In a swipe at Japan, North Korea creates new time zone
North Korea is frequently accused of turning back the clock on human rights, economic development and diplomacy.
But on Friday, the impoverished and reclusive nation took the expression to a whole new level.
North Korea will adopt a new time zone -- Pyongyang Time -- to cast off the legacy of “wicked Japanese imperialists,” the country’s state-controlled Korean Central News Agency reported. The new time zone will take effect Aug. 15 to mark the 70th anniversary of the country’s independence from Japanese rule at the end of World War II.
Since Japan colonized the country in 1910, its clocks have been set to 9 hours ahead of Greenwich Mean Time, the same as Japan and South Korea. Pyongyong’s new time zone, 8 1/2 hours ahead of GMT, is a reversion to its pre-colonial past.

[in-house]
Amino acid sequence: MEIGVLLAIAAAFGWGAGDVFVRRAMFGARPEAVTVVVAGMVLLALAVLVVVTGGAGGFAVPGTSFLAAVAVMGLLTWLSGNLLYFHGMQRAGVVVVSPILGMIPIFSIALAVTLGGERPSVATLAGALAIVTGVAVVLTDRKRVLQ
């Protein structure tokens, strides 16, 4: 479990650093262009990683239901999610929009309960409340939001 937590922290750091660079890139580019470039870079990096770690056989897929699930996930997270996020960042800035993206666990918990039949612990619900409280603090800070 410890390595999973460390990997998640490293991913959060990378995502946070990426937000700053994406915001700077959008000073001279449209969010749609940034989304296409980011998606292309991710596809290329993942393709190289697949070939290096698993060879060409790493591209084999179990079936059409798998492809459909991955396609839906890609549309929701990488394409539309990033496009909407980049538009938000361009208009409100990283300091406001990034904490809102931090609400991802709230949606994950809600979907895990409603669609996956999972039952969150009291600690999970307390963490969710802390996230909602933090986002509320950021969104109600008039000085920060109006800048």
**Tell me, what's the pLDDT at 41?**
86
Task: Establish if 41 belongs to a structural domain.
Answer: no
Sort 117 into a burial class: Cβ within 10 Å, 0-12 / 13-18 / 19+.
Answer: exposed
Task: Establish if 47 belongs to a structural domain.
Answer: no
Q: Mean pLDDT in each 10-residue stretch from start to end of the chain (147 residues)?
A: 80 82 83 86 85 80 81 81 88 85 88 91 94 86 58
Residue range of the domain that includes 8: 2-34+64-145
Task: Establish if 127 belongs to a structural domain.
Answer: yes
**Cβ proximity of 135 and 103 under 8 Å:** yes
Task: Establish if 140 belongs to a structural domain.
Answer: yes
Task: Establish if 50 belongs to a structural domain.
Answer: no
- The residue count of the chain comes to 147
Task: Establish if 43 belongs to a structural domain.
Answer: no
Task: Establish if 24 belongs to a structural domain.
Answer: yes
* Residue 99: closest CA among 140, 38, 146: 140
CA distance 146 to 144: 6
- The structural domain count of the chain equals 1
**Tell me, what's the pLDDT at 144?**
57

“The wicked Japanese imperialists committed such unpardonable crimes as depriving Korea of even its standard time while mercilessly trampling down its land with 5,000-year-long history and culture and pursuing the unheard-of policy of obliterating the Korean nation,” said the agency, which is notorious for its belligerent screeds.
“It is the firm faith and will of the DPRK’s service personnel and people to force the Japanese imperialists to pay for the monstrous crimes committed by them for a century, firmly defend the national sovereignty and demonstrate for eternity the dignity and might of the great ... nation shining with the immortal august names of Kim Il Sung and leader Kim Jong Il,” it continued.
North Korea and South Korea split into two sovereign countries -- the north socialist, the south capitalist -- following their 1945 liberation from the Japanese. They remain divided by the world’s most heavily fortified border, established in 1953 at the end of the Korean War.
South Korea’s Unification Ministry has said that the time zone change could bring minor inconveniences to operations in North Korea’s Kaesong Industrial Region, where many companies are jointly operated by the two countries.
“And in the longer term, there may be some fallout for efforts to unify standards and reduce differences between the two sides,” Unification Ministry official Jeong Joon-Hee told the BBC.
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